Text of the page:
Background Although immune checkpoint inhibitors have been approved for head and neck squamous cell carcinoma (HNSCC) patients, the majority do not respond, and further treatment optimization is required. Diverse anti-PD-1 resistance mechanisms have been proposed for this lack of benefit, which is inconsistent with the moderate tumor mutational burden and immune infiltration observed in HNSCC. Here we identified neoantigens and characterized dendritic cell (DC) infiltration in previously reported murine oral carcinoma (MOC) models with differential response to anti-PD-1, and we interrogated DC infiltration as a correlate of response in a neoadjuvant anti-PD-1 clinical trial.
Methods HNSCC MOC1 and its isogenic anti-PD-1 resistant MOC1-esc1 models were subjected to immunogenomic analysis. MOC1 and MOC1-esc1 expressed neoantigens that were defined using whole exome and RNA sequencing (RNASeq) data from cultured lines, and Class I presented neoantigens were predicted in silico (NetMHCpan4.0). MOC1 tumor infiltrating lymphocytes (TILs), following control, anti-PD-1 or anti-CTLA-4 treatment, were assayed for reactivity to synthesized predicted neoantigen peptides, and DC tumor infiltration was assessed by flow cytometry. Patient HNSCC tumor RNA-Seq data from our neoadjuvant pembrolizumab trial (NCT02296684) were interrogated, and response to neoadjuvant anti-PD-1 was classified based on pathological response in surgical specimens.
Results As we previously reported1, MOC1 was anti-PD-1 responsive and MOC1-esc1 was resistant, while both lines were sensitive to anti-CTLA-4 therapy. Results from our immunogenomics pipeline identified 325 neoantigen candidates in MOC1 with a predicted Class I binding affinity (% rank) of less than 0.5. We tested 35 putative neoantigens for TIL immune reactivity to synthesized candidate neoepitope peptides using ELISPOT. MOC1 TIL had reactivity to mutant Yipf1 (mYipf1) neoepitope in addition to the endogenous retrovirus derived p15E antigen. Anti-PD-1 modestly increased while anti-CTLA-4 significantly increased MOC1 TIL reactivity to p15E and mYipf1 compared to control. Analysis of RNASeq data from MOC1 and MOC1esc1 showed a reduced conventional DC1 (cDC1) signature in MOC1esc1, and we confirmed this reduced infiltration by flow cytometry. Finally, in neoadjuvant anti-PD-1 HNSCC trial samples, a published DC signature  was found to be significantly higher in responder pretreatment biopsies compared to non-responders (p=0.016).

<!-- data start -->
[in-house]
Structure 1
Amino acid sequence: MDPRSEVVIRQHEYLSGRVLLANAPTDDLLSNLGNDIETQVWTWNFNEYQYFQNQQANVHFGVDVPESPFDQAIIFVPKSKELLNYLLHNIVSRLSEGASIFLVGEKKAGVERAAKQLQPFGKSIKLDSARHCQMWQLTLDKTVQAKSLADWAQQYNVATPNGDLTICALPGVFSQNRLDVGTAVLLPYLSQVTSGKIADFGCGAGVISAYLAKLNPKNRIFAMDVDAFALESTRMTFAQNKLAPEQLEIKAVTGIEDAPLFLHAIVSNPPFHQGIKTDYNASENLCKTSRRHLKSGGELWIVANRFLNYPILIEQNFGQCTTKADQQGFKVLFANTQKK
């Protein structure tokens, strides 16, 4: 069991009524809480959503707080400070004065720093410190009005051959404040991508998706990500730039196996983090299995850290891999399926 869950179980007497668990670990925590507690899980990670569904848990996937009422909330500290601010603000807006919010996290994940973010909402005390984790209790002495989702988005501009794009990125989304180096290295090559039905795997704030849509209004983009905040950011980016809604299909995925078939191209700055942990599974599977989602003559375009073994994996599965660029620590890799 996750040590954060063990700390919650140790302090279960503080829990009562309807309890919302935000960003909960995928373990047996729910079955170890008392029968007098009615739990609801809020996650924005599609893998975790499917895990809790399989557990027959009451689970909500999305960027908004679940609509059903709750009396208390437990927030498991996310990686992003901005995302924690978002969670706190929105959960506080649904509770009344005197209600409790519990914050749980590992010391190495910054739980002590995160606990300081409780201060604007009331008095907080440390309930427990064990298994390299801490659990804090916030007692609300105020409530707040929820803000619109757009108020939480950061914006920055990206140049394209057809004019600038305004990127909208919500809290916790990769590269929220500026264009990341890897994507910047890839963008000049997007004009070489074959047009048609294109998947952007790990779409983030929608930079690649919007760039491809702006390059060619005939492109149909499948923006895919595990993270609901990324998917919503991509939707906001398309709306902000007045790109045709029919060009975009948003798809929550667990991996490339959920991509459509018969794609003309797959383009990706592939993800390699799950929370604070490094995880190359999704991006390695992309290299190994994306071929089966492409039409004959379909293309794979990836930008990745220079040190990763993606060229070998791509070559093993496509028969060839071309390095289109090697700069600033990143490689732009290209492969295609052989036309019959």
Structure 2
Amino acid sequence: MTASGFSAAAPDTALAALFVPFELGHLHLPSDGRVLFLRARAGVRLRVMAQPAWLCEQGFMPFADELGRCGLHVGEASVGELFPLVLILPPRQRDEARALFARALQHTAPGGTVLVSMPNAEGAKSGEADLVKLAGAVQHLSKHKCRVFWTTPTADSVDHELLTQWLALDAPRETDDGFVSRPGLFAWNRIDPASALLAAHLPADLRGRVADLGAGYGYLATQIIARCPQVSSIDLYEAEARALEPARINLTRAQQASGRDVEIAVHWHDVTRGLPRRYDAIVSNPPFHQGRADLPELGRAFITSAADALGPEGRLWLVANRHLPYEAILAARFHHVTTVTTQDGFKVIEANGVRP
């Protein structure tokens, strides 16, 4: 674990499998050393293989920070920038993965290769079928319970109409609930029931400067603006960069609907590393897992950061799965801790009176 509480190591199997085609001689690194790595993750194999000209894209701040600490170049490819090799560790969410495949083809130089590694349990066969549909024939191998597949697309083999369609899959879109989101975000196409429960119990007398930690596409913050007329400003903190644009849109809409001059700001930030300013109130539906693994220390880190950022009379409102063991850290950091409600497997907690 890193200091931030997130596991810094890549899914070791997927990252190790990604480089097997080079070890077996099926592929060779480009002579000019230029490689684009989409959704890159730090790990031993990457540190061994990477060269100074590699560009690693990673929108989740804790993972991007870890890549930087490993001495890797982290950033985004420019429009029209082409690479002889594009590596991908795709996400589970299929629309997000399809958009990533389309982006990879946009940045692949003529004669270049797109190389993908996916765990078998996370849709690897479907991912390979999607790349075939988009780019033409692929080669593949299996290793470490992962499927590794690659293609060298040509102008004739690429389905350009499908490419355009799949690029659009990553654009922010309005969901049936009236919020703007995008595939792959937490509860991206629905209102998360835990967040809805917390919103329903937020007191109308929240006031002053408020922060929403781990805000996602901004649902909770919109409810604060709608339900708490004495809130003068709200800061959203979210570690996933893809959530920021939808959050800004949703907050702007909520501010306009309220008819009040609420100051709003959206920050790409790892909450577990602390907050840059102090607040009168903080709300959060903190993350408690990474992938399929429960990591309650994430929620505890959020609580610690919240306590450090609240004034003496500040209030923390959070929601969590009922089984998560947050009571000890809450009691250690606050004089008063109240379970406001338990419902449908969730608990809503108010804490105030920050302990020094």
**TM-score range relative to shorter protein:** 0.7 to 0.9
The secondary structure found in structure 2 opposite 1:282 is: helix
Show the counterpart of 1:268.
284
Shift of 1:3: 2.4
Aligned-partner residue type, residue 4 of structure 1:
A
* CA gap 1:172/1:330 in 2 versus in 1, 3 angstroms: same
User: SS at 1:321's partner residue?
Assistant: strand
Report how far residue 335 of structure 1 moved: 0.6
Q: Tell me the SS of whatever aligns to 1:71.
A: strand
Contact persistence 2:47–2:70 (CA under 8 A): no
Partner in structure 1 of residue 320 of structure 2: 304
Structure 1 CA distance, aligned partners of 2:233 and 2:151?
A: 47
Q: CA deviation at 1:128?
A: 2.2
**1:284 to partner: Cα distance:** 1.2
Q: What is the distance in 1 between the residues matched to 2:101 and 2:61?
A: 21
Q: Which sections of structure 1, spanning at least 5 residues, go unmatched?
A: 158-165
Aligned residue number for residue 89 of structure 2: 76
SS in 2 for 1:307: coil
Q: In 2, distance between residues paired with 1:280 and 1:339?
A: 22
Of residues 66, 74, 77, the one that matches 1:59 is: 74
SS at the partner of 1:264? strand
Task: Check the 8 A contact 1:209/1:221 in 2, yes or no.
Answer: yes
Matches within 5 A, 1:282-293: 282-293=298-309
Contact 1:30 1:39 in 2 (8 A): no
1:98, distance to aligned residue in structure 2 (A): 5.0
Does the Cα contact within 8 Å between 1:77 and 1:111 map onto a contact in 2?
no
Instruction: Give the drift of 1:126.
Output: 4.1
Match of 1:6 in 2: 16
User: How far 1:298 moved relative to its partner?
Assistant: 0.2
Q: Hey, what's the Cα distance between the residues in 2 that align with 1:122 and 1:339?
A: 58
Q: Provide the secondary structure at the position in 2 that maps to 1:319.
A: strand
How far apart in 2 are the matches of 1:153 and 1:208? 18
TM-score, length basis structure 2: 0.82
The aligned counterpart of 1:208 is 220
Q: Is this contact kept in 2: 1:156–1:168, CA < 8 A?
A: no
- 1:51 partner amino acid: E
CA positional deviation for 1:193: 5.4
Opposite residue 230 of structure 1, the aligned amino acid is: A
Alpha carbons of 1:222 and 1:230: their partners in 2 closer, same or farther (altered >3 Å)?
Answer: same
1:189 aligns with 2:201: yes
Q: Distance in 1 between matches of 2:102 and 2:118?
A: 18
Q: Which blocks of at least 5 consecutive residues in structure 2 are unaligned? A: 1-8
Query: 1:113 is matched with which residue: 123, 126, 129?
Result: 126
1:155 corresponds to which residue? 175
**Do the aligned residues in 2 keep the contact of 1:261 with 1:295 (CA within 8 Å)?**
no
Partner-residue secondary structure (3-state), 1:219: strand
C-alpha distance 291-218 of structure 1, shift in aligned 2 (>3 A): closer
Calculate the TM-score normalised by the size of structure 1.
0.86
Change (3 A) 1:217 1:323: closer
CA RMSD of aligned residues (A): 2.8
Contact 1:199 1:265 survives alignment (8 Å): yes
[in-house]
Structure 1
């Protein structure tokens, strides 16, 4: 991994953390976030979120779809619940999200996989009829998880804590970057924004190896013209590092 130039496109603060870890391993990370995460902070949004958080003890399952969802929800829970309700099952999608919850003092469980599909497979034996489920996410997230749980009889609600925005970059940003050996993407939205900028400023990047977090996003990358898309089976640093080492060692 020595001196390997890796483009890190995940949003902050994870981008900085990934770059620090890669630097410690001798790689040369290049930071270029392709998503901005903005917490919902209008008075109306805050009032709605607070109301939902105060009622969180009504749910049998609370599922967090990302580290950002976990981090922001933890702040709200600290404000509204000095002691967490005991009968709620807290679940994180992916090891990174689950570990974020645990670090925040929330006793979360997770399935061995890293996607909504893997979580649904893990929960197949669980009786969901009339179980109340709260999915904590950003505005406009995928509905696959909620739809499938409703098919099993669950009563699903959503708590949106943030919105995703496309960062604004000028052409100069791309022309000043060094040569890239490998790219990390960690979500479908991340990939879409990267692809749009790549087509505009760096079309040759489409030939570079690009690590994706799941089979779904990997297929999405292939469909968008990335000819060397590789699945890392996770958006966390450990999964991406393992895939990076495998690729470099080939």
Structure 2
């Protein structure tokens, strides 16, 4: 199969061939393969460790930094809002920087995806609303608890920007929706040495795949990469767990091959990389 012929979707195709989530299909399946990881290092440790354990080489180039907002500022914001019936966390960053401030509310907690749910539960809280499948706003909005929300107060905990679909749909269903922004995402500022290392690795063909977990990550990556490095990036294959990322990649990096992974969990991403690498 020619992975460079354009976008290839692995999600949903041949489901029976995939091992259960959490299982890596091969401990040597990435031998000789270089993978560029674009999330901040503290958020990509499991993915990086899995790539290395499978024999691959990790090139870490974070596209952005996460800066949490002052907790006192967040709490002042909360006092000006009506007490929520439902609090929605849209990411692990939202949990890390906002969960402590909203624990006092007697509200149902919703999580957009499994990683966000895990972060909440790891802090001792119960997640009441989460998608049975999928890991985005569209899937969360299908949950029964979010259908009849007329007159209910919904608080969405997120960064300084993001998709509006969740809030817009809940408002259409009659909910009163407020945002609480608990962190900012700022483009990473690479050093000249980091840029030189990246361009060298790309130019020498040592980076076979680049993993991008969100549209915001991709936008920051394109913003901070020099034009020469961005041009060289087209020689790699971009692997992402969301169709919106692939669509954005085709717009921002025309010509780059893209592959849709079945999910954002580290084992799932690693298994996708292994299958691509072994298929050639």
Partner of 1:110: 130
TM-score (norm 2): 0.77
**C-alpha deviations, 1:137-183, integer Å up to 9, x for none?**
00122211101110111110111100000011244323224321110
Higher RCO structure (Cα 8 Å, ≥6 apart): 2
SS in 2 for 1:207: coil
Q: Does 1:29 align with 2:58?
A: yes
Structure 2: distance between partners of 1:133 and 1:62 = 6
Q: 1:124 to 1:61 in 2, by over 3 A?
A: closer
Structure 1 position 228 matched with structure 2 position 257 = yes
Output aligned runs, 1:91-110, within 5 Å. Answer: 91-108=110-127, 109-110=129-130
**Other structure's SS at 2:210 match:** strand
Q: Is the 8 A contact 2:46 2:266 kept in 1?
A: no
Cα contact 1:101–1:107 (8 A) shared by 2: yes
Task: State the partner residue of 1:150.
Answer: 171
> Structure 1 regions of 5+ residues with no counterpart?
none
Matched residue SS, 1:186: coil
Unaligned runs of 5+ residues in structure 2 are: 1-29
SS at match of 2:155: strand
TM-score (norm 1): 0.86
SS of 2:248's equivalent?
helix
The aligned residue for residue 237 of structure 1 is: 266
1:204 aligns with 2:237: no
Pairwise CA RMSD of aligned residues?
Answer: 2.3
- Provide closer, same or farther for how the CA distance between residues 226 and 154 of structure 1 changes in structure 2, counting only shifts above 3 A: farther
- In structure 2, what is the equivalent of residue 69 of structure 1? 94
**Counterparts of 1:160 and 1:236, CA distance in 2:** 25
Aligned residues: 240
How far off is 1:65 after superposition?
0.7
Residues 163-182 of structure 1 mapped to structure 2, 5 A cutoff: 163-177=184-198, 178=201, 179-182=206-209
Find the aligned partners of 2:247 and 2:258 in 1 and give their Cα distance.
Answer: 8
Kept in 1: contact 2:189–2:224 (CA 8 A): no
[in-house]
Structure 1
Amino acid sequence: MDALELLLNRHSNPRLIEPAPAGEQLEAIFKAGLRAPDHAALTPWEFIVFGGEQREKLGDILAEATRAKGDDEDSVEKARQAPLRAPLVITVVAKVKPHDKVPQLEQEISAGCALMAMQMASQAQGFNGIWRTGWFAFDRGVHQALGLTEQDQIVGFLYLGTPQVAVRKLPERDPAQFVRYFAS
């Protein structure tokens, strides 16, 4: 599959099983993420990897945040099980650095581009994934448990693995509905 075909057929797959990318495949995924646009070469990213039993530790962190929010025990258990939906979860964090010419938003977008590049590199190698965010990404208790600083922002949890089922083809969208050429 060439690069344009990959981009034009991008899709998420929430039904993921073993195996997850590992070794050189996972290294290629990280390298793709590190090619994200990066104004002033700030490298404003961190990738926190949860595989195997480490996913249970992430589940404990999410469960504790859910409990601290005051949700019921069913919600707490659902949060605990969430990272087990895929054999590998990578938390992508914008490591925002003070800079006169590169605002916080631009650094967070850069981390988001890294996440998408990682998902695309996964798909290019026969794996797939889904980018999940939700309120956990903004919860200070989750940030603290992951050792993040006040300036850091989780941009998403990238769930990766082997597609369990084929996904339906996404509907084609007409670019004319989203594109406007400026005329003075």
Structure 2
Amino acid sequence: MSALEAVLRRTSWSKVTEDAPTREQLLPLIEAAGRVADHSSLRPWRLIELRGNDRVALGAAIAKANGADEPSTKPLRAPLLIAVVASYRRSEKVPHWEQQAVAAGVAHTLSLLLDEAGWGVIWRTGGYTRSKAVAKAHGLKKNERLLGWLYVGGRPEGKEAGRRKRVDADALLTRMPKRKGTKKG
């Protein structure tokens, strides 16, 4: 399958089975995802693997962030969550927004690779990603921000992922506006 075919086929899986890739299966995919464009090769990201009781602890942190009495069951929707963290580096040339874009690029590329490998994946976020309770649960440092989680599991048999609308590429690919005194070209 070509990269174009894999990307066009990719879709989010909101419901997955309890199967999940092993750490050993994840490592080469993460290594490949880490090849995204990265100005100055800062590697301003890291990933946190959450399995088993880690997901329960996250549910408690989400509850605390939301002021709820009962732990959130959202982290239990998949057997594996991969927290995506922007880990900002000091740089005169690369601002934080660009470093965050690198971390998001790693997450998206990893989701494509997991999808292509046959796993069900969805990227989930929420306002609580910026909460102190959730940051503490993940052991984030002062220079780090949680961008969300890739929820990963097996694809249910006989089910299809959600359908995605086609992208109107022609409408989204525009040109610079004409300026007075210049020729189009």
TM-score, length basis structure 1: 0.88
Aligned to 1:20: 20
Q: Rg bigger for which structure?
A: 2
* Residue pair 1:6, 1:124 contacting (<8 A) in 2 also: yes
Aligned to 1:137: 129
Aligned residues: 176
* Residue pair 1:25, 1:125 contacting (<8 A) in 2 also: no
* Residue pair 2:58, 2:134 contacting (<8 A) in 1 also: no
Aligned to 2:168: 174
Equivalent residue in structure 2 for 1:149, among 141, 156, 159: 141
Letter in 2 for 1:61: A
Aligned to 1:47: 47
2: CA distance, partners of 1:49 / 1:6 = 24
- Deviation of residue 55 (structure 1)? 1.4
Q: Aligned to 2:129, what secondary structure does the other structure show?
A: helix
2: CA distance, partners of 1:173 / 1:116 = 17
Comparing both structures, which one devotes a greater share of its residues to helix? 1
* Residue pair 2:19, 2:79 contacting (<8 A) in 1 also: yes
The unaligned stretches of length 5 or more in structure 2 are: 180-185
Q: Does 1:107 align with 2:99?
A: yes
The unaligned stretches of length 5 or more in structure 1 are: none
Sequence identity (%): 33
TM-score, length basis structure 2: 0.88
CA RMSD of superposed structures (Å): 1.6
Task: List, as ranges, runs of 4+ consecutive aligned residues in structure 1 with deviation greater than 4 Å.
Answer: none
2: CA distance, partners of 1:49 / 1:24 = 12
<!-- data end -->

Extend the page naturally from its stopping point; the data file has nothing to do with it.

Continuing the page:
Conclusions We identified mYipf1 as a novel neoantigen in MOC1 and employed TIL response to mYipf1 or p15E peptides to measure MOC TIL anti-tumor activity. CTLA-4 directed antibodies enhanced TIL anti-tumor activity compared to anti-PD1 treatment. Reduced cDC1 infiltration and not lack of neoantigen expression may represent an anti-PD-1 resistance mechanism in HNSCC.
Zhou L, Zeng Z, Egloff AM, Zhang F, Guo F, Campbell KM, et al. Checkpoint blockade-induced CD8+ T cell differentiation in head and neck cancer responders. J Immunother Cancer. 2022;10(1).
Böttcher JP, Bonavita E, Chakravarty P, Blees H, Cabeza-Cabrerizo M, Sammicheli S, et al. NK Cells Stimulate Recruitment of cDC1 into the Tumor Microenvironment Promoting Cancer Immune Control. Cell. 2018;172(5):1022–37.
Ethics Approval All patients provided informed consent prior to specimen donation.
Patient samples were analyzed under the auspices of Dana Farber Cancer Institute IRB approved protocol 18-092 (PI Uppaluri).
Animal studies were performed under Dana Farber Cancer Institute IACUC protocol 16-020 (PI Uppaluri).
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